‘School fatigue’ causing more students to opt out of pursuing higher education
A new study by the Danish policy and labour think-tank Arbejderbevægelsens Erhvervsråd reveals that one in five 25-year-olds never made it past a public school education.
The study also found that students who received a grade of 4 or less in Danish and mathematics during their public school exams are the least likely to continue on to higher educational institutions such as the gymnasiums (high schools) or vocational colleges.
Children of unskilled workers particularly vulnerable
The study revealed that children of unskilled workers are the least likely to continue their education past the age of 16 – the numbers, when tabulated, showed that 45 percent of such students do not continue onto higher education.
Mie Dalsgaard Pihl, the chief analyst at Arbejderbevægelsens Erhvervsråd, speculated this may be because such students are offered very little support at home with tasks such as homework. However, she stressed that good grades would enable them to break the cycle.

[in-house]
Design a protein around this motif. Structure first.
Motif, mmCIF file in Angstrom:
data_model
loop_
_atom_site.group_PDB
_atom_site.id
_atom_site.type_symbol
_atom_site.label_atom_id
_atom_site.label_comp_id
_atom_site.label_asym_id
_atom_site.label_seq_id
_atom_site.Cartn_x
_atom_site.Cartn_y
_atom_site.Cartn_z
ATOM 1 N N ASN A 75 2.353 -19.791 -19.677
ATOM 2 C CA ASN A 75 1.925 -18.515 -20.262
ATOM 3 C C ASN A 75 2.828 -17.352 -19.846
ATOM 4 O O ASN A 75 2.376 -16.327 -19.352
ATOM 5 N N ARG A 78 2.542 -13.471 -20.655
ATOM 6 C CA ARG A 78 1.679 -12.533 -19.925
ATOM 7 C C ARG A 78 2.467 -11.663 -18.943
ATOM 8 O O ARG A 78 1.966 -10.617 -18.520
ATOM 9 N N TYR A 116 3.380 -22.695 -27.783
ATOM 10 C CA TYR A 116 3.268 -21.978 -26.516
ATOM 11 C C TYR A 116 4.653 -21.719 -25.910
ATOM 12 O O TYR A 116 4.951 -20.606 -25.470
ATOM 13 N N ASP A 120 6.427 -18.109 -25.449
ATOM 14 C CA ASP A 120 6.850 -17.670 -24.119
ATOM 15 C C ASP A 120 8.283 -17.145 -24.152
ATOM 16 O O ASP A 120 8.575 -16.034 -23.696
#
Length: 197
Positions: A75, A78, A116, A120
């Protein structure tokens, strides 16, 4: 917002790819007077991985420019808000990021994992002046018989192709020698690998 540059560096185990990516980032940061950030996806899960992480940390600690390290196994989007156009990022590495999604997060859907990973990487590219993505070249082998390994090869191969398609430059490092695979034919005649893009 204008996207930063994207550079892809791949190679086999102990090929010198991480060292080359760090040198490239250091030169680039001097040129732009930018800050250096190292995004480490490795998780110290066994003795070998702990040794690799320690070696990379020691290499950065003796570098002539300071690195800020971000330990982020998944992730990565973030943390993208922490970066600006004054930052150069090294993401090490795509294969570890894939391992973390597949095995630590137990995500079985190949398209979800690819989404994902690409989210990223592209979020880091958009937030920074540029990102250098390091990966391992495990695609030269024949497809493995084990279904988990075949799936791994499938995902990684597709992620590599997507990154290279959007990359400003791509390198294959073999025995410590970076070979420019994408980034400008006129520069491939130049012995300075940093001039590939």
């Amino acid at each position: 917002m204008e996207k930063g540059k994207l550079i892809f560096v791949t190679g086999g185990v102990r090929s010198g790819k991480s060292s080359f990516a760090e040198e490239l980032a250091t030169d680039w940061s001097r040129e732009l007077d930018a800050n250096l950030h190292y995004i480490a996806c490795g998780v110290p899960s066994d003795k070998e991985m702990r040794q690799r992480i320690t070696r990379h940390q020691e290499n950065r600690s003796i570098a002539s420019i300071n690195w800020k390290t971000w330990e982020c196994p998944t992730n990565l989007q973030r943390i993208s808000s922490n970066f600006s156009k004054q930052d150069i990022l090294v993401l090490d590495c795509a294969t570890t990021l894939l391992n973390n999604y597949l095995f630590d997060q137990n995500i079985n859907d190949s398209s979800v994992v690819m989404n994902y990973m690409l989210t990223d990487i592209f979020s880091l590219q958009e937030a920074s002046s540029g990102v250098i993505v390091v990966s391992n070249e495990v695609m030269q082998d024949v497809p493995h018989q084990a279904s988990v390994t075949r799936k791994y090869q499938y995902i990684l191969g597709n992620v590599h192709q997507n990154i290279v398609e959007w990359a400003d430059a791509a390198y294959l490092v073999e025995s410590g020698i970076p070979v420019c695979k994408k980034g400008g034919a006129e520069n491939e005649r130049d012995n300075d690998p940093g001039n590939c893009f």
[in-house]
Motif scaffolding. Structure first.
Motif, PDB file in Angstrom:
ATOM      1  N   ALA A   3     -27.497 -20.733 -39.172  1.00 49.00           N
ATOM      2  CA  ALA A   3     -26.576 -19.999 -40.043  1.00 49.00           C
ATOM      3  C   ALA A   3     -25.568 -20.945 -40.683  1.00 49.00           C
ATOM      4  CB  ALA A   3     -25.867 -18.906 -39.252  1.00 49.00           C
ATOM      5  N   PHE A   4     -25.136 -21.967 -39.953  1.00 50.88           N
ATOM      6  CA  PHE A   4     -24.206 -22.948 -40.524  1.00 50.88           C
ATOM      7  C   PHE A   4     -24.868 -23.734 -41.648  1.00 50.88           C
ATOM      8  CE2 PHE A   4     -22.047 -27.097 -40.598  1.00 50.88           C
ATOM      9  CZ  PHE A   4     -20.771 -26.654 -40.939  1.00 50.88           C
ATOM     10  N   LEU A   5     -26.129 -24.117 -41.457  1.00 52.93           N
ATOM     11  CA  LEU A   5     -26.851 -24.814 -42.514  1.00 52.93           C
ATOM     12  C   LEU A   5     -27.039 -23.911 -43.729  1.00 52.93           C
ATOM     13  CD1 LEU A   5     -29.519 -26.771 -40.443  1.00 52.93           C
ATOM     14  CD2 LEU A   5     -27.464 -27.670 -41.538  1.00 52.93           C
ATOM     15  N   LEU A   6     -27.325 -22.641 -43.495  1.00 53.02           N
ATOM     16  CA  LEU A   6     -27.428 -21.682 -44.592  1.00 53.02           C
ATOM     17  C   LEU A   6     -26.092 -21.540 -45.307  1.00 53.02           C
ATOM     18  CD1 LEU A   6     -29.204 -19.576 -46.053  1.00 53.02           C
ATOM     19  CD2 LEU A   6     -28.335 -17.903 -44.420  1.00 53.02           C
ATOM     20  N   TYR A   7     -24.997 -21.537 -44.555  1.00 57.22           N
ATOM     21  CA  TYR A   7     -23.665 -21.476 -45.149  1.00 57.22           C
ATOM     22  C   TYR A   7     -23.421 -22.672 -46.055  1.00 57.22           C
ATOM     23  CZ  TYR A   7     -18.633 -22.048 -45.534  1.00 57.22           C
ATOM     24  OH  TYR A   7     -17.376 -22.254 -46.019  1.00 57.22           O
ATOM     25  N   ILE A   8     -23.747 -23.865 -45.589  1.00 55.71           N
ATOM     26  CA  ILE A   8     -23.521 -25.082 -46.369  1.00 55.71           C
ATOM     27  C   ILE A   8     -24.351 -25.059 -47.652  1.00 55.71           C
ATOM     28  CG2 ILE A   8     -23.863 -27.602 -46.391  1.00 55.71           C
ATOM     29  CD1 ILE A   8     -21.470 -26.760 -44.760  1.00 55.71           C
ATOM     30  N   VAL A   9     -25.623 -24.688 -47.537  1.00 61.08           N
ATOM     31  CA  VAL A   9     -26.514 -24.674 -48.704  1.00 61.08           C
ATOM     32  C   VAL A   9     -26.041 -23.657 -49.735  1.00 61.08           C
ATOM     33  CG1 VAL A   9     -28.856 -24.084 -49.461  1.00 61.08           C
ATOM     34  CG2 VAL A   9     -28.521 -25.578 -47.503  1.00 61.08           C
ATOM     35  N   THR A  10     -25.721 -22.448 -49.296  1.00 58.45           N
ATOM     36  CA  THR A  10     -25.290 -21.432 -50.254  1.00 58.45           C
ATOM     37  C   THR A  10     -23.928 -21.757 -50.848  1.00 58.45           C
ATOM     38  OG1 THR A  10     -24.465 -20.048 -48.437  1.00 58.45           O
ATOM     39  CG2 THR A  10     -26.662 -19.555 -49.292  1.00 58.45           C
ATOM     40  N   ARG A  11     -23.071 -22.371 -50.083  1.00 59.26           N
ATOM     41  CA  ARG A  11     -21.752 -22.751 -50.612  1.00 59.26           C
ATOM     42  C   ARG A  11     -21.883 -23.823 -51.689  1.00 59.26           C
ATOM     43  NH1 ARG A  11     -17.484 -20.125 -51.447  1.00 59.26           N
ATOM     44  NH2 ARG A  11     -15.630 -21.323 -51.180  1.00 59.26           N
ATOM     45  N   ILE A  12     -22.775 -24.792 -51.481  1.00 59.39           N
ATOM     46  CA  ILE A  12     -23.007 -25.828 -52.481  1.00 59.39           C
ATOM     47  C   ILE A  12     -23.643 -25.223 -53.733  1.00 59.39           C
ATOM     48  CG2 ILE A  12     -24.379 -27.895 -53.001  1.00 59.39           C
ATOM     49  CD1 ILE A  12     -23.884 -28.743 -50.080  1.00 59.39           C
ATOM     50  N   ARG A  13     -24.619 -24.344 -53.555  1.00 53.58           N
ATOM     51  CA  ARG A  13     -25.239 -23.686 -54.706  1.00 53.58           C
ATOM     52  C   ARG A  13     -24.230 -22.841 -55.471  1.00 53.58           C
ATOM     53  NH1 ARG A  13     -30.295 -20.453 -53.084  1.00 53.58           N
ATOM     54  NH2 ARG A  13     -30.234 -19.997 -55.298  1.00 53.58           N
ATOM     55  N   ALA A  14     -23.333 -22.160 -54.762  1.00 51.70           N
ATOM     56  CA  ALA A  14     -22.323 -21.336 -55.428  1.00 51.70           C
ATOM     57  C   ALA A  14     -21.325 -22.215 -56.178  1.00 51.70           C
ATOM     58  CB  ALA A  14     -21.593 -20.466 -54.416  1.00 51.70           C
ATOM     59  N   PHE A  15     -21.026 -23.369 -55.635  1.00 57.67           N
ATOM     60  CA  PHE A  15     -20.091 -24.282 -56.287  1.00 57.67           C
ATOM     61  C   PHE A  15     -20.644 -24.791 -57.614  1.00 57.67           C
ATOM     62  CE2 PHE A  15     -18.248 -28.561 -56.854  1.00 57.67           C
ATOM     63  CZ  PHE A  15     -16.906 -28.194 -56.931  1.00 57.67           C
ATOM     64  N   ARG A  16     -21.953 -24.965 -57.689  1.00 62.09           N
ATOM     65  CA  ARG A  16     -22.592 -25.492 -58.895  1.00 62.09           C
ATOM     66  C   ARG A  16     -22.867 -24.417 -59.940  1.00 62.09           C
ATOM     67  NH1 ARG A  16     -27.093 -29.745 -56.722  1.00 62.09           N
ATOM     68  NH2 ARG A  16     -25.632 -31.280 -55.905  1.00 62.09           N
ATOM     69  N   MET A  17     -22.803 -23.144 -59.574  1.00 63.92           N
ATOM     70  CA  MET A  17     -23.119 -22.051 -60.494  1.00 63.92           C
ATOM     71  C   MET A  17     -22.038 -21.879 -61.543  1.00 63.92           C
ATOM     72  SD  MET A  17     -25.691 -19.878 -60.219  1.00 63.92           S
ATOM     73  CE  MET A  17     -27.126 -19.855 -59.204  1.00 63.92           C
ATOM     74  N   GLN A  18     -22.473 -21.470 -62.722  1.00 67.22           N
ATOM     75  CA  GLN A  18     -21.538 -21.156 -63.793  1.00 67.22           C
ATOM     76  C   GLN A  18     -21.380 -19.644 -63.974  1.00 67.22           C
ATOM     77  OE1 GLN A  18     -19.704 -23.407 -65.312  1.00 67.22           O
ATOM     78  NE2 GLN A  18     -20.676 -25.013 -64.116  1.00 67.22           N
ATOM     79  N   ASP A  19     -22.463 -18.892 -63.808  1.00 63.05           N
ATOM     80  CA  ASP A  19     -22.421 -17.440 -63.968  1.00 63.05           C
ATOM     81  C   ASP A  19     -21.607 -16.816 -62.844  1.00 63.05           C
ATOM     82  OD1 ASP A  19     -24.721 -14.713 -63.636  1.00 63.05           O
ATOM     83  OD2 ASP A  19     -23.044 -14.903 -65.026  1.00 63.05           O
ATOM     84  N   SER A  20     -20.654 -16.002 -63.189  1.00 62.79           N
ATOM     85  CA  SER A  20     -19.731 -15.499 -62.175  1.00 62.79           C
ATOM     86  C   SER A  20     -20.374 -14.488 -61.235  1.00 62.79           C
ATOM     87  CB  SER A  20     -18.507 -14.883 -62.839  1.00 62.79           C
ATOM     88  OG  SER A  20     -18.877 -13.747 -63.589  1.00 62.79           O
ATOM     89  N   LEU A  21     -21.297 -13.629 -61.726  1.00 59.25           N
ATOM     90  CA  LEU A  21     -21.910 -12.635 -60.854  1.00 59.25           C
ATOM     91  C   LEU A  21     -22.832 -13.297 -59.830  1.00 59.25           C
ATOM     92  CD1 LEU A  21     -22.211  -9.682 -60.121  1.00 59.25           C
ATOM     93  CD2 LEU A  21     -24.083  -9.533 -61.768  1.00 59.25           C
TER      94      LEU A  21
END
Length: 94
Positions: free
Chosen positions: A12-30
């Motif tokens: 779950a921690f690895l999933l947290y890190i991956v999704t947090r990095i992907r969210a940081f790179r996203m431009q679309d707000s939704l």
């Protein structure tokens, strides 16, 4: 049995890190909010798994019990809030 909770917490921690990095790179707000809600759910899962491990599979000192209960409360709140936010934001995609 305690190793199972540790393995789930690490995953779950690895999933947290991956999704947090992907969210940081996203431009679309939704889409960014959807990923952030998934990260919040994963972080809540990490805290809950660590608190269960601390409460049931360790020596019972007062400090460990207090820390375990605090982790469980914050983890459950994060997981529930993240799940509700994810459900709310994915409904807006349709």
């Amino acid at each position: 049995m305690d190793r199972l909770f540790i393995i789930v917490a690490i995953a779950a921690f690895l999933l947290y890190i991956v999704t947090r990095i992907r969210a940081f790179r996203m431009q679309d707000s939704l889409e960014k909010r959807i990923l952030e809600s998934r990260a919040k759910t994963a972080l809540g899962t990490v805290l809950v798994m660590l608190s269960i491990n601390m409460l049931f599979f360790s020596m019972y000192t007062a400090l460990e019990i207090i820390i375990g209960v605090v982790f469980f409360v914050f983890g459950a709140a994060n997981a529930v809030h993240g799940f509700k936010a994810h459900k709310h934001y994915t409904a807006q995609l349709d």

“You’ve actually got quite a good chance to move on – even if you come from such a home. You just need to make it through public school, perhaps with good grades,” she was quoted as saying by DR.
But good grades are hard to achieve because of ‘school fatigue’ – which is characterised by feelings such as tiredness, a lack of motivation and worry on behalf of the student that they are being left behind and therefore have nothing of worth to offer.
Noemi Katznelson, the head of the Center for Youth Research at Aalborg University in Copenhagen, believes this leads to them abandoning their educational careers too early.
“They give up and it’s a huge problem because it then becomes a [coping] strategy for them,” she said.
“They are so afraid of failure that they never invest in anything.”